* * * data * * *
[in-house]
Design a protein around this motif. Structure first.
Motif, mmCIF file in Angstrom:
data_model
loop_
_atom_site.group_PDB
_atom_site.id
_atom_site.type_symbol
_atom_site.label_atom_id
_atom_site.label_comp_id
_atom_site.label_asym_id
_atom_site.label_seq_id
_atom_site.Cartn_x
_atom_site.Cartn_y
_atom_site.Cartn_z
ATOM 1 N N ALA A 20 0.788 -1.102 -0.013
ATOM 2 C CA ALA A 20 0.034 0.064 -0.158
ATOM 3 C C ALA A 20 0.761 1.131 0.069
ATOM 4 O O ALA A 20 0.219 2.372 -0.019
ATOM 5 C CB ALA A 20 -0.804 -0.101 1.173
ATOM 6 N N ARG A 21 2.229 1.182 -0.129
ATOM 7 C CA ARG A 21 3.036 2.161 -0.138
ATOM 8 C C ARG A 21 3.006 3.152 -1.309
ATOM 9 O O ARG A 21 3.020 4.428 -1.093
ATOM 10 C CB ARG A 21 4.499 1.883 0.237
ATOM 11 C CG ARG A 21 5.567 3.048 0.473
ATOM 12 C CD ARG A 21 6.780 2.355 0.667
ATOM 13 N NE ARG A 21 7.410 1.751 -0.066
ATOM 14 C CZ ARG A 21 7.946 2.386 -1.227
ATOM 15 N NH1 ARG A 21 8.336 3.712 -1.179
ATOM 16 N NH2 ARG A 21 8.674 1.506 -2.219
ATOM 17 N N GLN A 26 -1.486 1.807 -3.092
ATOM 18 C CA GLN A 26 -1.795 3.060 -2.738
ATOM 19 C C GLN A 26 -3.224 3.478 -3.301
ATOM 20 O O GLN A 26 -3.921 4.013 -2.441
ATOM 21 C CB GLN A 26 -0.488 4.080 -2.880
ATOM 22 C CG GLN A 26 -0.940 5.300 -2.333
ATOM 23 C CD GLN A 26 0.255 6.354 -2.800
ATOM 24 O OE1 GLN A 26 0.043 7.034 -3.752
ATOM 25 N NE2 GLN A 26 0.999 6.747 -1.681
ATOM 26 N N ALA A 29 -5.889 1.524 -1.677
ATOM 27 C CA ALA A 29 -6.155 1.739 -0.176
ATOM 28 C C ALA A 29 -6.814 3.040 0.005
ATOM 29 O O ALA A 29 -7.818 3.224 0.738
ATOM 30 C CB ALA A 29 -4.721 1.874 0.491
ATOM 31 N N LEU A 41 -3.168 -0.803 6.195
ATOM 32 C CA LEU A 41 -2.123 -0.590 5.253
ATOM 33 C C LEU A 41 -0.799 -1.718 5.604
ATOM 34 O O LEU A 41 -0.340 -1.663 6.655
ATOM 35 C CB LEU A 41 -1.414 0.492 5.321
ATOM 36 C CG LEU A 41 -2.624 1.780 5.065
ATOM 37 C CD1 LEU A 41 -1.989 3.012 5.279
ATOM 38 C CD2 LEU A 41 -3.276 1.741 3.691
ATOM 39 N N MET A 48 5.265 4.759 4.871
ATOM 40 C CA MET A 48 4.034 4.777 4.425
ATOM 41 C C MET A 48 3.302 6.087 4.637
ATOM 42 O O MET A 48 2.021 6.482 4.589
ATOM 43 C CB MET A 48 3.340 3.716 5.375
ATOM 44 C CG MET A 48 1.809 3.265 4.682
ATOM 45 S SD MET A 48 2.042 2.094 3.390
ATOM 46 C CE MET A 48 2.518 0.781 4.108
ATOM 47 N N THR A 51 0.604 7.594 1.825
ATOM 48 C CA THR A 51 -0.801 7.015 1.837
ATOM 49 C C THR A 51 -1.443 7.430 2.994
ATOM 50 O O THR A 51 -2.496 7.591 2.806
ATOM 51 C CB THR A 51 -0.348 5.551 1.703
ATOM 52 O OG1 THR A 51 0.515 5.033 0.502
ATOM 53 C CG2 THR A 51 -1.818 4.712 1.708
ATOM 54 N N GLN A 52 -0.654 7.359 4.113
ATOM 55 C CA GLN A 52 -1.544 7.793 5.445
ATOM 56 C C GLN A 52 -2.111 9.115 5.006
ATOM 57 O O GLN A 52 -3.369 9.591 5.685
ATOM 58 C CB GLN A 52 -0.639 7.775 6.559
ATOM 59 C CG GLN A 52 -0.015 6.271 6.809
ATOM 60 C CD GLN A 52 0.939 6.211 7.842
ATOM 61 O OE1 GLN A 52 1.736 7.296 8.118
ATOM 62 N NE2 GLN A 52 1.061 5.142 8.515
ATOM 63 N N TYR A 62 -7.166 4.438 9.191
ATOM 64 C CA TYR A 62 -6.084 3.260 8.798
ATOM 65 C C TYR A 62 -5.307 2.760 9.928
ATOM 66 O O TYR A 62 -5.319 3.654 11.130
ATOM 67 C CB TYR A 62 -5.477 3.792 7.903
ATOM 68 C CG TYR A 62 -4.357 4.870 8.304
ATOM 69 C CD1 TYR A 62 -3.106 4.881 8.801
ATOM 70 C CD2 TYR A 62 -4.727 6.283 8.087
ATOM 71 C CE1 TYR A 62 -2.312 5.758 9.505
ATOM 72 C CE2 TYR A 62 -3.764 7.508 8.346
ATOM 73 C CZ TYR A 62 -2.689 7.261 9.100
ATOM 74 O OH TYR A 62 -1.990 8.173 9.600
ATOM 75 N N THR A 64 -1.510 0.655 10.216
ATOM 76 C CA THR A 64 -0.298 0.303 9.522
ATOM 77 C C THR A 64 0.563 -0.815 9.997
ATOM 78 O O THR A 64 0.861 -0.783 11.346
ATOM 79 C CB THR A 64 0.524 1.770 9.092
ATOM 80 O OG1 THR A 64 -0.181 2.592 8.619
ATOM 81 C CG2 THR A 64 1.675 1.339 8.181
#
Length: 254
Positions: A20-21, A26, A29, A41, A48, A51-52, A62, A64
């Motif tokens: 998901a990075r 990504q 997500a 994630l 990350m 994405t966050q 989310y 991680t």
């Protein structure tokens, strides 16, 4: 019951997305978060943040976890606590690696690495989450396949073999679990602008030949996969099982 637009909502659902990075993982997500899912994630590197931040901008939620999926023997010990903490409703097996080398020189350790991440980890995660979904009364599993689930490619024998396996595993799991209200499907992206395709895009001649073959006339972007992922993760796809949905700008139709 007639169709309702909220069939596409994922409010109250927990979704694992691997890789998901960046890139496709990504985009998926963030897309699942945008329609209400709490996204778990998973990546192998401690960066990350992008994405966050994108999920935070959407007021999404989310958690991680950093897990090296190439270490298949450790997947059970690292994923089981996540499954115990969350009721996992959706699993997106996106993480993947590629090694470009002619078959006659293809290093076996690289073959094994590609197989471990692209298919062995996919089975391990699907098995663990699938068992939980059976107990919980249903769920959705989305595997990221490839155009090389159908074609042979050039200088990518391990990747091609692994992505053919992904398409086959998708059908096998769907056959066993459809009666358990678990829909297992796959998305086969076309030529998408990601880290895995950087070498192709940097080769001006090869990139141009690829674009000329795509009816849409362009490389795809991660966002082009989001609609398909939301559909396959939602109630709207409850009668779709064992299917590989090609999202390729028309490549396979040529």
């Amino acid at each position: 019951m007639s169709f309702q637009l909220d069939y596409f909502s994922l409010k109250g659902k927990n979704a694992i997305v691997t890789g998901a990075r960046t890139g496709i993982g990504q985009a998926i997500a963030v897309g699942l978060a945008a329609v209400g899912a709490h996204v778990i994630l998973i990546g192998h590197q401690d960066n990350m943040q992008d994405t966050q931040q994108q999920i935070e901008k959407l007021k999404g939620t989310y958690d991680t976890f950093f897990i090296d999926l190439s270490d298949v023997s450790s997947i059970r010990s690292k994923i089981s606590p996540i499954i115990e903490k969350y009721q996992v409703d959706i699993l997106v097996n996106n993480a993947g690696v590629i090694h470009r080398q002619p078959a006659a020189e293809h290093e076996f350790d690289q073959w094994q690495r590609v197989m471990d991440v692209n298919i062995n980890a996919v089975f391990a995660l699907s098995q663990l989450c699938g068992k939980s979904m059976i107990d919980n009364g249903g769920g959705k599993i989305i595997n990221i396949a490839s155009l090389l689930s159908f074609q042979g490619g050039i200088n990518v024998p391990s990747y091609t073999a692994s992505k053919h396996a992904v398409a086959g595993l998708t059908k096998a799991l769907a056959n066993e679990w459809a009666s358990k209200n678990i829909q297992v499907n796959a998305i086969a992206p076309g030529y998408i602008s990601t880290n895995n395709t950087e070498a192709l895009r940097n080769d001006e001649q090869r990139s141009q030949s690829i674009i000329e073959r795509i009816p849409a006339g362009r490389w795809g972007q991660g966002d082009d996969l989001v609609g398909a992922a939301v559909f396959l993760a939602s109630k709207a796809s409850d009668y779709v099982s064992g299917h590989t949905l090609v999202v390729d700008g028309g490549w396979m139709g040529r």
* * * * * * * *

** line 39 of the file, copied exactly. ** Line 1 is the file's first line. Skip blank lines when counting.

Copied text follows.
ATOM 24 O OE1 GLN A 26 0.043 7.034 -3.752